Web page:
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NavSource Online: "Old Navy" Ship Photo Archive

USS Cairo


Awards, Citations and Campaign Ribbons

Civil War Medal

Cairo Class Iron-clad River Gunboat :
  • Built in 1861 by James Eads and Co., Mound City, ILL. for the US Army
  • Commissioned as an Army ship, 25 January 1862, LT. James M. Prichett USN in command
  • USS Cairo operated with the Army's Western Gunboat Fleet, Flag Officer A. H. Foote USN in command on the Mississippi and Ohio Rivers
  • Transferred to the Navy, 1 October 1862
  • USS Cairo was active at Clarksville and Nashville, Fort Pillow TN. and Memphis, TN.
  • USS Cairo struck a torpedo and sank while clearing mines on the Yazoo River, 12 December 1862, in preparation for an attack on Haines Bluff, MS.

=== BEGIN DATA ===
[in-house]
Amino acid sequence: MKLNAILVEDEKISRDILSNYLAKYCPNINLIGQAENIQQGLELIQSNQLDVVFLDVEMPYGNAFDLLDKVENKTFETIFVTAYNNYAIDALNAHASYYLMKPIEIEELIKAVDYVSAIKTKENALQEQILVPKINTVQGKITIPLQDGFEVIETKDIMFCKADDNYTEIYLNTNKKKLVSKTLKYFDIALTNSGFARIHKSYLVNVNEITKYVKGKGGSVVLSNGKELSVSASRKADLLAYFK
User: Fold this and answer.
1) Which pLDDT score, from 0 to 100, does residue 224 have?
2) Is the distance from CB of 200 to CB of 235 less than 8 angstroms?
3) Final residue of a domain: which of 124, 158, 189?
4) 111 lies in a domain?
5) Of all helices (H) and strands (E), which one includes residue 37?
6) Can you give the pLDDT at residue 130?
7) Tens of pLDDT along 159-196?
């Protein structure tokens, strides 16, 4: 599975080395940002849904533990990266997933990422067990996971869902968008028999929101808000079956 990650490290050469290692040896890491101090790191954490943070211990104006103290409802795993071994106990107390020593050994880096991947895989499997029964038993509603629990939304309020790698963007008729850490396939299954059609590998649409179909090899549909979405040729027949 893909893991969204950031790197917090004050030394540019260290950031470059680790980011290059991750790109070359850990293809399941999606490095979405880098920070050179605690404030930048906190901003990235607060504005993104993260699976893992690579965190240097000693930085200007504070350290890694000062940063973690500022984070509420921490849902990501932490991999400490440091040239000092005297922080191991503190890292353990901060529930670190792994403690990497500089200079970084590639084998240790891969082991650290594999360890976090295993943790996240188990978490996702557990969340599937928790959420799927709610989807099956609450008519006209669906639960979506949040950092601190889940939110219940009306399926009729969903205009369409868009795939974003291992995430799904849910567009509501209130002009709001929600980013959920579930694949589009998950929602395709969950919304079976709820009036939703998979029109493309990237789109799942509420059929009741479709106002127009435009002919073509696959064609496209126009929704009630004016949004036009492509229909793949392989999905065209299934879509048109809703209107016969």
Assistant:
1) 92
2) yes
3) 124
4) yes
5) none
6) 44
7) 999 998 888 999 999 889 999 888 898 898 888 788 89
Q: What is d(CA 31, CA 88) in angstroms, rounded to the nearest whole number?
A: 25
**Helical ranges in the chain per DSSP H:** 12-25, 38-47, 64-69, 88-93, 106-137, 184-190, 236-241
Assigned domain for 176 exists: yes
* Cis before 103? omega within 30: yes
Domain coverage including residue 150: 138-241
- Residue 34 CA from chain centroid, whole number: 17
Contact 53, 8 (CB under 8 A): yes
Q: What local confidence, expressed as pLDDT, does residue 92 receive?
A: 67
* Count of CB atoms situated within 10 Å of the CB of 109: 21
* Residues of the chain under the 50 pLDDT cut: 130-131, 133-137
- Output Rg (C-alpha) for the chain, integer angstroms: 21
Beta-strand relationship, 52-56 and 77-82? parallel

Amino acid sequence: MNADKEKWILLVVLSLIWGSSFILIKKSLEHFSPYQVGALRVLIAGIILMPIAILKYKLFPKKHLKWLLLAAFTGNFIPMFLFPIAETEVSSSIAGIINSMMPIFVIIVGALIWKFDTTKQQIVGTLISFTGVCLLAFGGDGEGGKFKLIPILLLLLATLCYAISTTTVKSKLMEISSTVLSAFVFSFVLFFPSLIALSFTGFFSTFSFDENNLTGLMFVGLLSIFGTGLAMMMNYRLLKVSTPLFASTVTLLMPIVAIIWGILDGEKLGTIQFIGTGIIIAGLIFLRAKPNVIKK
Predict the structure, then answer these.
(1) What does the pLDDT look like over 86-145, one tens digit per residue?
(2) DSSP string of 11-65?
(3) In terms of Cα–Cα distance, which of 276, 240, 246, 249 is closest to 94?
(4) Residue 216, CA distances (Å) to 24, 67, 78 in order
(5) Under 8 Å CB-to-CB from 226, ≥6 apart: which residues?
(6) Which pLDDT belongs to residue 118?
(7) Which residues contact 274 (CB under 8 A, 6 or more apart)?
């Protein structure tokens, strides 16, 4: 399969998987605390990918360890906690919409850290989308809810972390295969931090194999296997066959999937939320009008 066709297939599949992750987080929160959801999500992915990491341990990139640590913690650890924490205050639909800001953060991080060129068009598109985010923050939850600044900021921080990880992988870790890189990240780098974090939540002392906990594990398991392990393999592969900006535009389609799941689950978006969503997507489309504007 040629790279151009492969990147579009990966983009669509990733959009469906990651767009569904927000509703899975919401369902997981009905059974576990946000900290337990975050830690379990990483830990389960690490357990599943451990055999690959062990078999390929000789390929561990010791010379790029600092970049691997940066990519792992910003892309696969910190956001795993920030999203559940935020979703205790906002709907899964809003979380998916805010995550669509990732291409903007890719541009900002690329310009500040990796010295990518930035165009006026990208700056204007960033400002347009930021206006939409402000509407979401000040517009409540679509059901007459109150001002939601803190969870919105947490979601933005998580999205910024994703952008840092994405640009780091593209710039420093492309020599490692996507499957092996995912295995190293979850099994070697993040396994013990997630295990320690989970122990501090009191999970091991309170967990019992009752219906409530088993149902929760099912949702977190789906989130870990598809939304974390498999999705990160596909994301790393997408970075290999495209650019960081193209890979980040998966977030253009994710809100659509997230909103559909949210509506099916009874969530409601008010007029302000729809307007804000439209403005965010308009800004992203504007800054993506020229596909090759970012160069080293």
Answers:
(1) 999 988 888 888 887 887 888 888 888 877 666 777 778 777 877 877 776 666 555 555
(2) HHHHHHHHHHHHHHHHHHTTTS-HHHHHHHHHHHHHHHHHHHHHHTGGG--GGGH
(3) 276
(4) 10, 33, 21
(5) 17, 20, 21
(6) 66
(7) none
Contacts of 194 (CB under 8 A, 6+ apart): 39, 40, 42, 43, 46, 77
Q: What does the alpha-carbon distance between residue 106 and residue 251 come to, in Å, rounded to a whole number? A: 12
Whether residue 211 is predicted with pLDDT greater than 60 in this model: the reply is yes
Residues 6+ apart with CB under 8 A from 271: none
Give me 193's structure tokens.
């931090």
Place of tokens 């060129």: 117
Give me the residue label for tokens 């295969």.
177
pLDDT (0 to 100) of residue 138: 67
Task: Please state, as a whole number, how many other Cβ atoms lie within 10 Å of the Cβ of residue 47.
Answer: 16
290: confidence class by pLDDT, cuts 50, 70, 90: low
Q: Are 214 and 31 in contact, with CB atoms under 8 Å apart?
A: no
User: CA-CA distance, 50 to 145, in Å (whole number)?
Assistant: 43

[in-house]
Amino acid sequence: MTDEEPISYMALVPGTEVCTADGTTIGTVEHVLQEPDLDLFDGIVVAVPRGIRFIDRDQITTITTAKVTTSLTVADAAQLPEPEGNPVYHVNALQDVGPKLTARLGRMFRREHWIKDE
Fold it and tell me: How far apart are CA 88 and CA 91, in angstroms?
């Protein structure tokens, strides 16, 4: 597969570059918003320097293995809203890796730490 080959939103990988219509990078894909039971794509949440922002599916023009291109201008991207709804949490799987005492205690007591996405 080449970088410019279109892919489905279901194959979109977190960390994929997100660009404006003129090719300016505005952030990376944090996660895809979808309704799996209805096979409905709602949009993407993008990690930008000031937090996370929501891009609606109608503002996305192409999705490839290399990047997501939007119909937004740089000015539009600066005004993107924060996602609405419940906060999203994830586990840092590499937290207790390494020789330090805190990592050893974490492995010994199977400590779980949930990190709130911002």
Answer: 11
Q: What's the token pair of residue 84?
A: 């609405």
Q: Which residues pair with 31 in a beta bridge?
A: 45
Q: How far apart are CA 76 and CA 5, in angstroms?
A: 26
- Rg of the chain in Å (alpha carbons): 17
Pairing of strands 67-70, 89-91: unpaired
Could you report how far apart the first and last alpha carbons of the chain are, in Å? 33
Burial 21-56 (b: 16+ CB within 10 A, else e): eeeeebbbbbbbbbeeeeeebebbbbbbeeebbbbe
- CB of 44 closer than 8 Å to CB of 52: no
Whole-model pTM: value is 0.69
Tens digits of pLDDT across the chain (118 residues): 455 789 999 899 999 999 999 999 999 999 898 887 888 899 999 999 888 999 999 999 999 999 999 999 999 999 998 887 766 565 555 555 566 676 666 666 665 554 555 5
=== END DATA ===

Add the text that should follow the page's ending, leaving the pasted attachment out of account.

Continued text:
Specifications:
    Displacement 512 t.
    Length 175'
    Beam 51' 2"
    Draft 6'
    Speed 8 kts
    Complement 251
    Armament
    four 42-pdrs
    three 8" smoothbore
    six 32-pdr smoothbore
    Propulsion steam

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    Cairo 109k USS Cairo in the Mississippi River area during 1862, with a boat alongside her port bow, crewmen on deck and other river steamers in the background.
    US Navy photo # NH 61568 from the collections of the US Naval History and Heritage Command
    Aryeh Wetherhorn
    Cairo 248k Illustration of USS Cairo under way.
    From "The History of the Confederate States Navy" by J. Thomas Scharf
    Tommy Trampp
    Benton 80k "Commodore Foote's Gun-boat Flotilla on the Mississippi". Line engraving after a sketch by Alexander Simplot, published in Harper's Weekly, 1862. Ships are identified below the image as (from left to right):